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Chapter 17

PSYCH 2B03 Chapter Notes - Chapter 17: California Psychological Inventory, Consistency, Long-Term Memory

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Jennifer Ostovich

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Chapter 17 What you know about you- The Self
- Me: collection of statements you could make about yourself
- I: the little person in the head (homunculus), the soul, which experiences your life and makes your decisions
The Self Across Cultures
Is the self a cultural artefact?
- Americans vs. Hindu Indians: 50% Americans used personality traits such as friendly and cheap, whereas only 20% Indians
used them is the American-style sense of self a distinctly western idea?
o Since 20% of them did use it idea is not totally foreign
o The long winded descriptions may essentially mean the same things
- Still deserves attention traits used less often than they are in western cultures
o Not that they lack a sense of self
Individualist and collectivist selves
- study the nature of the self across cultures
- individualism and collectivism
- Western self is more of a separate entity, and eastern self is more integrated into the social and cultural context
o May explain why self-expression is less in Eastern culture
Self regard
- individualist’s need for positive self-regard may be felt less acutely by a member of a collectivist culture
- e.g. Japanese may not have to pervasive need to think well of themselves that is so characteristic of N Americans they tie
their individual well-being to that of a larger group
- students respond differently to success, failure and negative self-relevant information Canadian college students search
for ways to think well of themselves if they failed a test, Canadians deny the task/persist less if they failed on the first one
- self determination
- individualist view of the self assumes that the cause of behavior lies within the person expected to behave consistently
from situation to situation (consistency associated with mental health)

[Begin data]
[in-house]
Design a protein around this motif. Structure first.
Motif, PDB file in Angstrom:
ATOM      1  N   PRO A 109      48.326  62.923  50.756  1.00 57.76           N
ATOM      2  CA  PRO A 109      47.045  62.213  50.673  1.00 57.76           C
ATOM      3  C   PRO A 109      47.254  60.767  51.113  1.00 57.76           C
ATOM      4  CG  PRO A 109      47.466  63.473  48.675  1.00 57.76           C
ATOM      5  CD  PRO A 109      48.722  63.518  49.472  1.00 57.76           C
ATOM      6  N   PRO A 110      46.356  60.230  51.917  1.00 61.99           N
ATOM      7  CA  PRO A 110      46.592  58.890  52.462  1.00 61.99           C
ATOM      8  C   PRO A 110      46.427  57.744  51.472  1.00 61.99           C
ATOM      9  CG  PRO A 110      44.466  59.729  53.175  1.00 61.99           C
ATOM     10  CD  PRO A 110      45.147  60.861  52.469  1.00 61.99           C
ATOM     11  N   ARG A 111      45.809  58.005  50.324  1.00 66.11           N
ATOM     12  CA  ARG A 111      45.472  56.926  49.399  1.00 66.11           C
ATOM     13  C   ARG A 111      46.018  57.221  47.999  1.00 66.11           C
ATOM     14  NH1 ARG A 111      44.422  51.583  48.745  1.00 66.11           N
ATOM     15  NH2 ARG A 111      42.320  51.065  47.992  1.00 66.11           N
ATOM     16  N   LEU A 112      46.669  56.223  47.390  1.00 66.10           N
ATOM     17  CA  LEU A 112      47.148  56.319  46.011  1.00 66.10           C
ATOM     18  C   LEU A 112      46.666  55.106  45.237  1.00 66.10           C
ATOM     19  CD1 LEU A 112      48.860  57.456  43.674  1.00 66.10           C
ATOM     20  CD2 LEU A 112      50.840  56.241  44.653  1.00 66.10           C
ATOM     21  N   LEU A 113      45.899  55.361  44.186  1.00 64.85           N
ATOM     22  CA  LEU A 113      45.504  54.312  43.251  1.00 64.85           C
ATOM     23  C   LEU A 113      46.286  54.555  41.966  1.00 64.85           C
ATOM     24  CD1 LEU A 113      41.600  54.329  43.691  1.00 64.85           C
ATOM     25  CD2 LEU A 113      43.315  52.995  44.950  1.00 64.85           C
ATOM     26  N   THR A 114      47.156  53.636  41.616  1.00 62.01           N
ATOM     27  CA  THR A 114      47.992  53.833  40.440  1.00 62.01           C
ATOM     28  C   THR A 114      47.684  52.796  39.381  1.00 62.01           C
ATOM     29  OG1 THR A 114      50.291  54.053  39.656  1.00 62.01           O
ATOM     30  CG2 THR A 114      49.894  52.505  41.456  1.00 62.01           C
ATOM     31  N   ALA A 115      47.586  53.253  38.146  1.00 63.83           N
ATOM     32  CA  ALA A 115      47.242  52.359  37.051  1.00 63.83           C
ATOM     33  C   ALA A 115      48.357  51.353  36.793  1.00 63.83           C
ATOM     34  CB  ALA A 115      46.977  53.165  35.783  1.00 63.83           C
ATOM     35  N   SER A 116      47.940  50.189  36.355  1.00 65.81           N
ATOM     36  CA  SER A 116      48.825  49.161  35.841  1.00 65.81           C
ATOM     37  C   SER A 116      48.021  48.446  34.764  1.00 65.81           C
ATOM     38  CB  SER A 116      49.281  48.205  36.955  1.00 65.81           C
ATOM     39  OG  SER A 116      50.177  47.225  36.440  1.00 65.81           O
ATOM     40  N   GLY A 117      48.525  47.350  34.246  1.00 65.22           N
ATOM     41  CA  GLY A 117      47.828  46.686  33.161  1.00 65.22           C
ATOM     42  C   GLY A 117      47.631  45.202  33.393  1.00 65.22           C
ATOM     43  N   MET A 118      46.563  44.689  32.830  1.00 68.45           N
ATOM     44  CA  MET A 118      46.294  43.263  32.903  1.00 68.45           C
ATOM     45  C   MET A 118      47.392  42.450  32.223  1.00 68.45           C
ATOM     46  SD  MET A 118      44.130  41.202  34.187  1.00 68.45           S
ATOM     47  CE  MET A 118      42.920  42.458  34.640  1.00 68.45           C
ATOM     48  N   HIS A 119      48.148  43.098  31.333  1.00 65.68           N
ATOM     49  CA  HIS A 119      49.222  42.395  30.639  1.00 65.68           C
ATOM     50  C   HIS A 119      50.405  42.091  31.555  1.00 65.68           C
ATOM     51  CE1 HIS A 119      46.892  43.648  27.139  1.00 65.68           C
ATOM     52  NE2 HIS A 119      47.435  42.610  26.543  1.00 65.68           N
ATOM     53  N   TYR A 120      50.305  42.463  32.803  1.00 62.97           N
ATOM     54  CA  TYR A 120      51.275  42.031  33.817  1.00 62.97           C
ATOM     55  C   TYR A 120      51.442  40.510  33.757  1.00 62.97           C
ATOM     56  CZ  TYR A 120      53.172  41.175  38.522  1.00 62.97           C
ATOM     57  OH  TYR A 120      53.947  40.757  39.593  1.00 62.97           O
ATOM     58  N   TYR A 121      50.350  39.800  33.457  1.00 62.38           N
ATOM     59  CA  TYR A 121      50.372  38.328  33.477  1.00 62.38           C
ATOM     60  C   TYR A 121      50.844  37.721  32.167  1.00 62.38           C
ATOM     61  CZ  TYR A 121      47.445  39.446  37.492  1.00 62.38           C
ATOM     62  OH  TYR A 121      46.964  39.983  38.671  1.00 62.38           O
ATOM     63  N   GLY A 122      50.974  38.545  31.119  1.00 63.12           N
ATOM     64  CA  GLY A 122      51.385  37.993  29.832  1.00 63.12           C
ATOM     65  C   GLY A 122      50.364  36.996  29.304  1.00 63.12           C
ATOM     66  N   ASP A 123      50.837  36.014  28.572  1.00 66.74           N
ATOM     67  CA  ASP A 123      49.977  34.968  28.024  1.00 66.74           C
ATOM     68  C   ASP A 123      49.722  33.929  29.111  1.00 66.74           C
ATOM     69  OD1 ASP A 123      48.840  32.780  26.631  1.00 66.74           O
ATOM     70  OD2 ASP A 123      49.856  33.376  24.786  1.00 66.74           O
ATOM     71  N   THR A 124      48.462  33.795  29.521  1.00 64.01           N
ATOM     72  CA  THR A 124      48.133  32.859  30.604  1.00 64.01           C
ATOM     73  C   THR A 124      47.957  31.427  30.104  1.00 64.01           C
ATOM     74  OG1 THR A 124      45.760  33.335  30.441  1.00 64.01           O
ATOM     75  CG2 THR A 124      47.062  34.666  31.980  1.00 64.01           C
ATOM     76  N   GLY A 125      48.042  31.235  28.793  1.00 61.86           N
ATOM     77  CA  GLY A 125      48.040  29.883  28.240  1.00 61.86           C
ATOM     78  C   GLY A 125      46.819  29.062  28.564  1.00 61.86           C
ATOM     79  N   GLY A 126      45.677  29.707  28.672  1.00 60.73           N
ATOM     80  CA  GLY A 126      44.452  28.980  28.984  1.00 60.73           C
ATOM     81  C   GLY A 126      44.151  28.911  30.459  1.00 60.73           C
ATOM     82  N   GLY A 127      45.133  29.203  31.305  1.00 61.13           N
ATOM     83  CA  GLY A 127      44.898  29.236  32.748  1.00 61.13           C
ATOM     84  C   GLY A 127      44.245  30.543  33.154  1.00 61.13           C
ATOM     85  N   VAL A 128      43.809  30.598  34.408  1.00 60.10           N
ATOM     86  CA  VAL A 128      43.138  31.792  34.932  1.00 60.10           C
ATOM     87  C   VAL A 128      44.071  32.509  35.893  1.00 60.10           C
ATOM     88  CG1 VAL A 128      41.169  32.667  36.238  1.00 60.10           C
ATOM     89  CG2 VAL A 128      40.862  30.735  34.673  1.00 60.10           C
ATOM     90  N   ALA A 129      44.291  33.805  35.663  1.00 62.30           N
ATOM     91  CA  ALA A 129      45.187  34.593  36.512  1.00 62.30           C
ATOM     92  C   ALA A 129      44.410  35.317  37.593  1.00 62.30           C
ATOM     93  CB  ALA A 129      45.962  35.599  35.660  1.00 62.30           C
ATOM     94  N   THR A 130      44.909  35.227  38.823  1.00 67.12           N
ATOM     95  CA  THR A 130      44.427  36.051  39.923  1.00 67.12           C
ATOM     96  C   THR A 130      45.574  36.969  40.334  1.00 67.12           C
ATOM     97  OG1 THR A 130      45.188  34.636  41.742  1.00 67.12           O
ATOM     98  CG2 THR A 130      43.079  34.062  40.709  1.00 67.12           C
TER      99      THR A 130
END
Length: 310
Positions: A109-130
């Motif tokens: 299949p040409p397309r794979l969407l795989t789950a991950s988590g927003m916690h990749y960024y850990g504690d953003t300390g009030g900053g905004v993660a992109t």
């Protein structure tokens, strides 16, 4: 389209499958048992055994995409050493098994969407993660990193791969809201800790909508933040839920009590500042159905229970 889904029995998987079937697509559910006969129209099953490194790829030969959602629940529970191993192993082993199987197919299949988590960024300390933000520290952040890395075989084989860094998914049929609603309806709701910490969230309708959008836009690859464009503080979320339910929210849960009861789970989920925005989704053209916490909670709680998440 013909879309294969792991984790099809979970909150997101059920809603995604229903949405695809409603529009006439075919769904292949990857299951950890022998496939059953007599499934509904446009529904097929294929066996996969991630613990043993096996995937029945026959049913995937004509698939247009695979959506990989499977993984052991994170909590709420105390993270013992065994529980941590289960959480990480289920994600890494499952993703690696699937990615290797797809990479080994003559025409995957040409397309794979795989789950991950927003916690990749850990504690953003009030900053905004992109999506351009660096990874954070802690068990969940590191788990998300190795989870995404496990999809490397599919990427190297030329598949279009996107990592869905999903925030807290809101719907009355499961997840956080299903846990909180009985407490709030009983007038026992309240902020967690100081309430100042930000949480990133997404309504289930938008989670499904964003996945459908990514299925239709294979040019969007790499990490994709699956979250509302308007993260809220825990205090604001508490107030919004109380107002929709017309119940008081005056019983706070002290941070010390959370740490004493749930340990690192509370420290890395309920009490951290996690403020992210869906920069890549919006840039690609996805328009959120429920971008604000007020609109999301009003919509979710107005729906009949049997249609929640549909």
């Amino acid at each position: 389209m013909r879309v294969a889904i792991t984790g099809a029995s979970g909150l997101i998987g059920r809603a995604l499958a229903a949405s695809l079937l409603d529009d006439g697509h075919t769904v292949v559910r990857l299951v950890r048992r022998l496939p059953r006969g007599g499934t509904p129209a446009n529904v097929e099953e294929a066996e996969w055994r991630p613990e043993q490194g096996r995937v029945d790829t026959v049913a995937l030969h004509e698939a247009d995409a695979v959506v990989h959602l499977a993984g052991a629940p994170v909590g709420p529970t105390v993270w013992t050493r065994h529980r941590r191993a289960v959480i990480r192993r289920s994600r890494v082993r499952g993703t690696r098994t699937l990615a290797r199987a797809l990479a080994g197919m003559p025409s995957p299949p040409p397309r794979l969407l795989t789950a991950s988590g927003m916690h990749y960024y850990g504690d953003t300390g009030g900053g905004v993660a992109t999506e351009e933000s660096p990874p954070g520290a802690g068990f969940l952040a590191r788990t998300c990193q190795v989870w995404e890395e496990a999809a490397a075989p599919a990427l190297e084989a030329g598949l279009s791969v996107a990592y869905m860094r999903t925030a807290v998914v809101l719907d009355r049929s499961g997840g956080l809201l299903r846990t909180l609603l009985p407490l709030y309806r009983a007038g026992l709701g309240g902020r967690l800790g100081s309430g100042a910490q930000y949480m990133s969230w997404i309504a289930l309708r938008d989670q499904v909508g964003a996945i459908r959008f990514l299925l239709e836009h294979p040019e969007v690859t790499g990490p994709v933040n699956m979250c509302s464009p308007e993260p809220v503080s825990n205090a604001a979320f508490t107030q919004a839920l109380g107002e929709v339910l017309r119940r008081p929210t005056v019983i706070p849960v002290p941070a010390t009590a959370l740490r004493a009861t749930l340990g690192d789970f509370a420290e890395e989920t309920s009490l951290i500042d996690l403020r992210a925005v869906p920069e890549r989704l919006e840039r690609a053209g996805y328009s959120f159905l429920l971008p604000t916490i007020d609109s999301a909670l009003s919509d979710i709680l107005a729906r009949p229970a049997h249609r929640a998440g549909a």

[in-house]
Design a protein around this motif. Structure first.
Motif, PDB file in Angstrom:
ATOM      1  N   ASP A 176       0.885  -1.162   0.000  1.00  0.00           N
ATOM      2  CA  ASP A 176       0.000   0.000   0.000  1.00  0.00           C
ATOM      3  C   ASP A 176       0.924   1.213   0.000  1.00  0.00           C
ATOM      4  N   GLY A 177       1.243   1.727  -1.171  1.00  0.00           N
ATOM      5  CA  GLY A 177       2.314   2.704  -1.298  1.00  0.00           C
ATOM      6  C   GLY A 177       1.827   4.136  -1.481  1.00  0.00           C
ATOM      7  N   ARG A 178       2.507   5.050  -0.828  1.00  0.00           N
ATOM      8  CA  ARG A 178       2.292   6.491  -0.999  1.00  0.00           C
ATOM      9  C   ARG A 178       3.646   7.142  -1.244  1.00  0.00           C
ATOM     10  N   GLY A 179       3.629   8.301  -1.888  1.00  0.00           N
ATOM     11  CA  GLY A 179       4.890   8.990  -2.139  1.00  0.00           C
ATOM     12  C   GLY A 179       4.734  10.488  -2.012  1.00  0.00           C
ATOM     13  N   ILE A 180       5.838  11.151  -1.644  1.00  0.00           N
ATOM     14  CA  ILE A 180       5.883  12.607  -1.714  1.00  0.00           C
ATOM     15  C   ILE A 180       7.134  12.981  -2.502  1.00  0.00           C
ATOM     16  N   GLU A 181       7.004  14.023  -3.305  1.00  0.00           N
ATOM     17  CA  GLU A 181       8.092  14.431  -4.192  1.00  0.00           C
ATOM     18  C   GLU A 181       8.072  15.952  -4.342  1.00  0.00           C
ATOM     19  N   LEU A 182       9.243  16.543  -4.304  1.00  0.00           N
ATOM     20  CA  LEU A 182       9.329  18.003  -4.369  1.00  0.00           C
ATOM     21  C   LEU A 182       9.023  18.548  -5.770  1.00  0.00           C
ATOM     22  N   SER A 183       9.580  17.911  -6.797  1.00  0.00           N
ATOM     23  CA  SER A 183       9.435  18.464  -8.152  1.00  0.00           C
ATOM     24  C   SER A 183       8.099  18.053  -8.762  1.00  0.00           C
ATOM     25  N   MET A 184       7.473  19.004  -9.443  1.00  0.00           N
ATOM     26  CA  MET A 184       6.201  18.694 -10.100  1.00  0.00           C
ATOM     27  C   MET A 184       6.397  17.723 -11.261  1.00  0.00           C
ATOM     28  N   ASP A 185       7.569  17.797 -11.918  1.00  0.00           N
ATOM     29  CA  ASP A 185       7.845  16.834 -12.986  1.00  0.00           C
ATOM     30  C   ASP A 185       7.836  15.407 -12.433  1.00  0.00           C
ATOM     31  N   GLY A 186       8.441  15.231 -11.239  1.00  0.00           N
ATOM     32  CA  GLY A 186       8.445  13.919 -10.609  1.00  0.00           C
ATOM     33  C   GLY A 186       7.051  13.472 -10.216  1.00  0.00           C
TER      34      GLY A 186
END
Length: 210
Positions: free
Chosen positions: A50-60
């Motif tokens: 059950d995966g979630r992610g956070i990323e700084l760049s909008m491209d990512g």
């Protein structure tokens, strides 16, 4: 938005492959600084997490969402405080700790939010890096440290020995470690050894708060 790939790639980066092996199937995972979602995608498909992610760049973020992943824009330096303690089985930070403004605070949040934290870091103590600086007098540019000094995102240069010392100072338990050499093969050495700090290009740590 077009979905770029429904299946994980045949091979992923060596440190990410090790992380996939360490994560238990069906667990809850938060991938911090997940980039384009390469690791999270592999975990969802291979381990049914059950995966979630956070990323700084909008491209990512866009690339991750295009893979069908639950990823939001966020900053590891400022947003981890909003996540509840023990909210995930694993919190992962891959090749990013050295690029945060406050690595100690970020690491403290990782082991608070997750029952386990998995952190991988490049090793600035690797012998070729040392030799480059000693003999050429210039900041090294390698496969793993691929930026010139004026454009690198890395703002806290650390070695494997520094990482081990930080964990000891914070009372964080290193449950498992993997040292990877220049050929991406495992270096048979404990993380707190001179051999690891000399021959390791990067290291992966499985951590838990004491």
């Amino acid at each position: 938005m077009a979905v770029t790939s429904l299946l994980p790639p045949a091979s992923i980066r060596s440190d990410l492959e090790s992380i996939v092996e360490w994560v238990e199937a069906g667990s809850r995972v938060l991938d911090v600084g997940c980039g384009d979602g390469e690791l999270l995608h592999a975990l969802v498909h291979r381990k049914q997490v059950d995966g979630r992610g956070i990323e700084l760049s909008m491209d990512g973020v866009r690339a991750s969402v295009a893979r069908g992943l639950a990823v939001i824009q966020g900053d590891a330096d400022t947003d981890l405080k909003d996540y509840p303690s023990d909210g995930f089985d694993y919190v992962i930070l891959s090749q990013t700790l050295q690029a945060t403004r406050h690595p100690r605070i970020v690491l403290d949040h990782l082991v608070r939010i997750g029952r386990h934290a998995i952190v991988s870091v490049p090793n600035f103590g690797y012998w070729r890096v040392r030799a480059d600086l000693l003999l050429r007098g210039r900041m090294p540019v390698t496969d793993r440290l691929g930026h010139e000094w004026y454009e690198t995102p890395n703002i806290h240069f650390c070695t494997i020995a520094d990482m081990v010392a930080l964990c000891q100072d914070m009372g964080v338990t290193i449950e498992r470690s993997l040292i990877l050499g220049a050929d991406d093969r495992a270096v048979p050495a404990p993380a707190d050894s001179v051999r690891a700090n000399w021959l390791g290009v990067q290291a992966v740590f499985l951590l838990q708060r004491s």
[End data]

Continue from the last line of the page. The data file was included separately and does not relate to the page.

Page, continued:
- collectivist might be expected to change his behaviour more as a function of the particular immediate situation
o less pressure to behave consistently and less conflicted about inconsistent behaviour
o emotional experience varies across situations more
- consistency can be conceptualized and analyzed in 2 ways:
o degree to which an individual varies his behavior or experiences from one situation to the next absolute
o degree to which an individual maintains his differences from other people across situations relative consistency
o e.g. brave person might be nervous in burning house than in a normal classroom (low absolute consistency), but
they still might be the most confident person present in both situations (high relative consistency)
- Japanese had more inconsistent emotional experience in an absolute sense (emotions changed more from one situation to
the next) but they had equally consistent emotional experience in a relative sense (happier than others in one situation also
tended to be happier in another situation)
o While Members of a collectivist culture may be more inconsistent in an absolute sense than members of
individualistic cultures, individual differences and associated personality traits appear to be equally important in
both contexts
The Contents of the Self
- the me includes not just personality traits but our body, home, possessions and everything we hold dear
- psychological self: central part of the self- our abilities, personalities
o your self image and need to maintain it modifies your behaviour and organizes your vast array of memories about
yourself as well as your impressions and judgements of other people
- self knowledge has two types:
o declarative knowledge: facts, impressions that we consciously know and can describe
o procedural knowledge: knowledge expressed through actions rather than words
e.g a shy person will avoid other people whenever possible